The most vocal frogs that can be heard in the Fraser Valley are the Northern Pacific treefrogs.
People can hear their signature “ribbit-ribbit” sounds, or a treefrog chorus in spring or summer.
The Fraser Valley Conservancy (FVC) is launching a new Frog Finders program that allows folks from Langley to Hope help protect local frogs and amphibians.
“Anyone who sees or hears a frog is asked to send in their observations online,” said FVC project biologist Aleesha Switzer.
The impetus for Frog Finders was the realization that most of the habitat that amphibians desperately need is disappearing at a good clip in the Fraser Valley.
“When you talk to people about treefrog choruses, one of the most common stories you’ll hear is that there used to be so many more tree frogs,” Switzer recounted. “While they aren’t technically listed as a threatened species, we believe they are seeing significant declines and we need to pay more attention.”
For one, the little frogs are no match for the much bigger, invasive American bullfrogs.
“With spring just around the corner, now is a great time to see and hear native frogs,” said Switzer. “We hope that people will look and listen in the area where they live and let us know what they find.”
The form is really simple. Go the Frog Finders page, and scroll down and hit the blue link. Attach a photo, describe the frog, and where it was found. That’s it.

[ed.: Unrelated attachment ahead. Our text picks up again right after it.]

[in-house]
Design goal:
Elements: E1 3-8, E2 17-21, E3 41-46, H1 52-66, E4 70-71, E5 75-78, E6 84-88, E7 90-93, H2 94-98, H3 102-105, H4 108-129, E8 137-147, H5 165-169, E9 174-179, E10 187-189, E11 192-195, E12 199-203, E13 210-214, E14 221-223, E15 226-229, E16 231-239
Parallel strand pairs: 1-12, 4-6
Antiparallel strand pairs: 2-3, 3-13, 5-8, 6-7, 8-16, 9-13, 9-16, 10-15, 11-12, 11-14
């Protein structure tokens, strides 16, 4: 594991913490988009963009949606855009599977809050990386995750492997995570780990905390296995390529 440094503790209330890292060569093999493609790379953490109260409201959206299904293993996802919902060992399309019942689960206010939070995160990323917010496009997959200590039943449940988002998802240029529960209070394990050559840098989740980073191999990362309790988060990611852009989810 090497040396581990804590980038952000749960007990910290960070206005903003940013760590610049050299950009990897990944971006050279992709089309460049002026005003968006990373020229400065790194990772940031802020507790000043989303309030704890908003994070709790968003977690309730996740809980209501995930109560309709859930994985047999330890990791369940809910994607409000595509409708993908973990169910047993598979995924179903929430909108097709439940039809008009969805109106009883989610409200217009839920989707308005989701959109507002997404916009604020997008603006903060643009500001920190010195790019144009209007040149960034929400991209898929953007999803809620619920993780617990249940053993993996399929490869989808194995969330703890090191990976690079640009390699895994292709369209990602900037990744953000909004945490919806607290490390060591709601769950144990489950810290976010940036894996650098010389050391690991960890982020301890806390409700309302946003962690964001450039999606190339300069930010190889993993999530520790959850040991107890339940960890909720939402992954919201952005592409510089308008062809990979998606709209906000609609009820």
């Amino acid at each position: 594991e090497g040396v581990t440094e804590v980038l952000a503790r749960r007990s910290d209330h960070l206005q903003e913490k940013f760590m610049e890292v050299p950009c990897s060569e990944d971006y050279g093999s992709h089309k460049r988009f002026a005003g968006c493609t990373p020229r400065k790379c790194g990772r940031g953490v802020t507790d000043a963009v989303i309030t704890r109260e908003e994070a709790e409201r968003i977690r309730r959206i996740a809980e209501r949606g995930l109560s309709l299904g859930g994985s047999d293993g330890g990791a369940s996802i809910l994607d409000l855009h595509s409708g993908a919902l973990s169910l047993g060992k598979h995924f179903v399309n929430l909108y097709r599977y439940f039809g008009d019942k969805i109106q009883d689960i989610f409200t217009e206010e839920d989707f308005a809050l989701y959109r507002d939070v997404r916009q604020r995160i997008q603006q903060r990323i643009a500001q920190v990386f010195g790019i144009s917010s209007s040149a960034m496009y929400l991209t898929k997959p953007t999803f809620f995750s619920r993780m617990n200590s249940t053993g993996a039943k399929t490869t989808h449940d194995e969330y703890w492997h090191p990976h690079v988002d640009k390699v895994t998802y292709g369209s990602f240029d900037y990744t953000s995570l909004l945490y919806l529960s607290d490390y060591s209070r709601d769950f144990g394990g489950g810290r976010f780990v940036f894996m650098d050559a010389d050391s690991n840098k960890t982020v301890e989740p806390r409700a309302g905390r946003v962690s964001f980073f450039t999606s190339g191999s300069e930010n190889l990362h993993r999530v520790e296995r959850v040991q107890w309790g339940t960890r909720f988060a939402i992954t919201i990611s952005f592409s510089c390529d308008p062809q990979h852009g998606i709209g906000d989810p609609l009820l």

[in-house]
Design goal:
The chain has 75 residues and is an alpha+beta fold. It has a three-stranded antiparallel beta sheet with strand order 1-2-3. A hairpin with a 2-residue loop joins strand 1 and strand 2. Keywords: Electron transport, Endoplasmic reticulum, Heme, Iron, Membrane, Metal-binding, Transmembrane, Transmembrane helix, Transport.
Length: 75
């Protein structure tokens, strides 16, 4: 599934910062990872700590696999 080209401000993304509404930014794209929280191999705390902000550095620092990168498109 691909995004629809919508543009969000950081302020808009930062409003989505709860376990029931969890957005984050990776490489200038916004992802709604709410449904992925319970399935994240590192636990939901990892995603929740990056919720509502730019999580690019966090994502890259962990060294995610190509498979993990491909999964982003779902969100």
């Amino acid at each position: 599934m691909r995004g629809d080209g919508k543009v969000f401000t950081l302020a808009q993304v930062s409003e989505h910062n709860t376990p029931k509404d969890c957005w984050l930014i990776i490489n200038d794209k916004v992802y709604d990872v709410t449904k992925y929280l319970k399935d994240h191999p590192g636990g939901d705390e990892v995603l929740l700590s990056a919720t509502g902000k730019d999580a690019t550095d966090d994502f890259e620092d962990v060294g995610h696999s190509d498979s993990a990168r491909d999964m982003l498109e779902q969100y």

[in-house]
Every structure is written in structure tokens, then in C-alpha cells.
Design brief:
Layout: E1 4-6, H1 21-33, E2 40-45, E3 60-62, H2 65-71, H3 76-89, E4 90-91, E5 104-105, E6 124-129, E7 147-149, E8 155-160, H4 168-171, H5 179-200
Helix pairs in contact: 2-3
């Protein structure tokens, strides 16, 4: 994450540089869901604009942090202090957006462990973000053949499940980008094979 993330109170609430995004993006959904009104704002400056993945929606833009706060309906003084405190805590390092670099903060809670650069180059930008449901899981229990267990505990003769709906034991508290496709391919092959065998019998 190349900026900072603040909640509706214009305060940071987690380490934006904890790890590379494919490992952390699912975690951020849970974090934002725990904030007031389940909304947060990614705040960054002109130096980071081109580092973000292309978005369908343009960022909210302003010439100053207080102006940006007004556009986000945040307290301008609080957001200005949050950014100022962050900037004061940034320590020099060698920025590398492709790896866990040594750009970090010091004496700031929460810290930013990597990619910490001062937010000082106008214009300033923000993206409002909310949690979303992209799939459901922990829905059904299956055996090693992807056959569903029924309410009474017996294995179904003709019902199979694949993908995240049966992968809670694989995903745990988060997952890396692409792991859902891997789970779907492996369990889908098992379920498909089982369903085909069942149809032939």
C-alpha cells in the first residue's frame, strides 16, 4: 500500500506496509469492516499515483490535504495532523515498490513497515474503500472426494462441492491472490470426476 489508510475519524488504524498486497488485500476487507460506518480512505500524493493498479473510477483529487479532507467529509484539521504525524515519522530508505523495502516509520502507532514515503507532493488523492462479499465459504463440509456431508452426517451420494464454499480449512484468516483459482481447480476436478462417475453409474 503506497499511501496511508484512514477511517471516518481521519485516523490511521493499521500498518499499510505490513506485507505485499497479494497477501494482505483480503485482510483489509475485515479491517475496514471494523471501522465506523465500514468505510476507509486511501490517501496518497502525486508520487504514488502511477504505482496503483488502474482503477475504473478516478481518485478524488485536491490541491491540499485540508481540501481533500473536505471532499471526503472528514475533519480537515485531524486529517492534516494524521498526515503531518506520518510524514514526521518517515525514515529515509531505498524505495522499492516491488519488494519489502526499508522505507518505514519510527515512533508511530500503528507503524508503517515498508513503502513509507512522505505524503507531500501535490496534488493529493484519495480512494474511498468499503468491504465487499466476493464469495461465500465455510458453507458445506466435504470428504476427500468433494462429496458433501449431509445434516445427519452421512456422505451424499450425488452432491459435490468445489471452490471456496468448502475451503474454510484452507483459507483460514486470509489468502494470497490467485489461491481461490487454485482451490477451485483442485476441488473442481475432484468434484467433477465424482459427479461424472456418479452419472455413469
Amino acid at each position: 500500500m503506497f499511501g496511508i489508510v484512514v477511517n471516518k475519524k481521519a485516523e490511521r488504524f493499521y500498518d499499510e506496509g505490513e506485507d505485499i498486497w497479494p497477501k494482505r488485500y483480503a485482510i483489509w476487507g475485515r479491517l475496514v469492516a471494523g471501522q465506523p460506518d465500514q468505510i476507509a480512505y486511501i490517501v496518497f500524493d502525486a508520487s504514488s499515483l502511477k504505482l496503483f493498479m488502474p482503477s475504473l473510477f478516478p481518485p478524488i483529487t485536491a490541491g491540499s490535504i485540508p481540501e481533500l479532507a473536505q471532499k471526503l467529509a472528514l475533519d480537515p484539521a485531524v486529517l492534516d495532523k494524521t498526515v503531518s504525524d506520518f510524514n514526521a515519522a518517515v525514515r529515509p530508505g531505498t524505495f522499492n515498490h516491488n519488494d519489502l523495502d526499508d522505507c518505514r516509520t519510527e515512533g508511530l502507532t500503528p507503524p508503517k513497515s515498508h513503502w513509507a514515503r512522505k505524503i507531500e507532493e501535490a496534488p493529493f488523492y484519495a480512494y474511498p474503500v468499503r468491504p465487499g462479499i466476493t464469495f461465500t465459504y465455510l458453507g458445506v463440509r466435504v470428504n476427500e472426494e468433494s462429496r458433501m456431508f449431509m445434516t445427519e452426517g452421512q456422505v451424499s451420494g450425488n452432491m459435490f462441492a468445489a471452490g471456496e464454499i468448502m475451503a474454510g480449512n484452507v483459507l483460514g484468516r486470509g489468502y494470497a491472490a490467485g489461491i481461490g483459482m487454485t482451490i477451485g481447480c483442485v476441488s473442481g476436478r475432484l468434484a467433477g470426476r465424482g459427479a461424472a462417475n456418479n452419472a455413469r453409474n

“The FVC will answer questions if you have them, or send more information,” Switzer said. “It’s an opportunity to connect with people over frogs. It helps us understand where the important habitat is in the Fraser Valley.”
Sightings of other amphibians, such as toads, salamanders or newts, are also encouraged.
Some creatures you might hear, while others you might see. Some amphibians don’t make any noise like salamanders you might see on a road.
The locations where a “frog chorus” can still be heard are crucial to inform regional conservation efforts.
“This is a disappearing sound on the landscape and a symbol for something precious we’re losing,” Switzer said.
Other native amphibians at risk include the Northern red-legged frog and Western toad.
“Unfortunately, some of the most common frogs you will hear are the invasive kinds like the American bullfrog and green frog.”
The bullfrog has invaded ponds and wetlands everywhere and has decimated native frog populations with its voracious appetite.
“The tree frog is like popcorn to a bullfrog,” Switzer said.
The rarest frog in Canada, the Oregon Spotted Frog, is only found in parts of the Fraser Valley.
“We’re going to use the data we get to have a better understanding of where we can do work to help frogs in the Fraser Valley.”
The lead biologist has high hopes for the program.
“I have a feeling there are a lot of nice places that we don’t know about. So we’re reaching out to the public to show us where some of these beautiful spaces are so we can help protect them,” Switzer said.
If they can find out where the treefrogs are for example across the valley, it will help them identify where the remaining frog-friendly habitats can be found.
To help with frog species identification, the Fraser Valley Conservancy has easy-to-follow picture guides on frogs, salamanders and egg masses on the program webpage Frog Finders.
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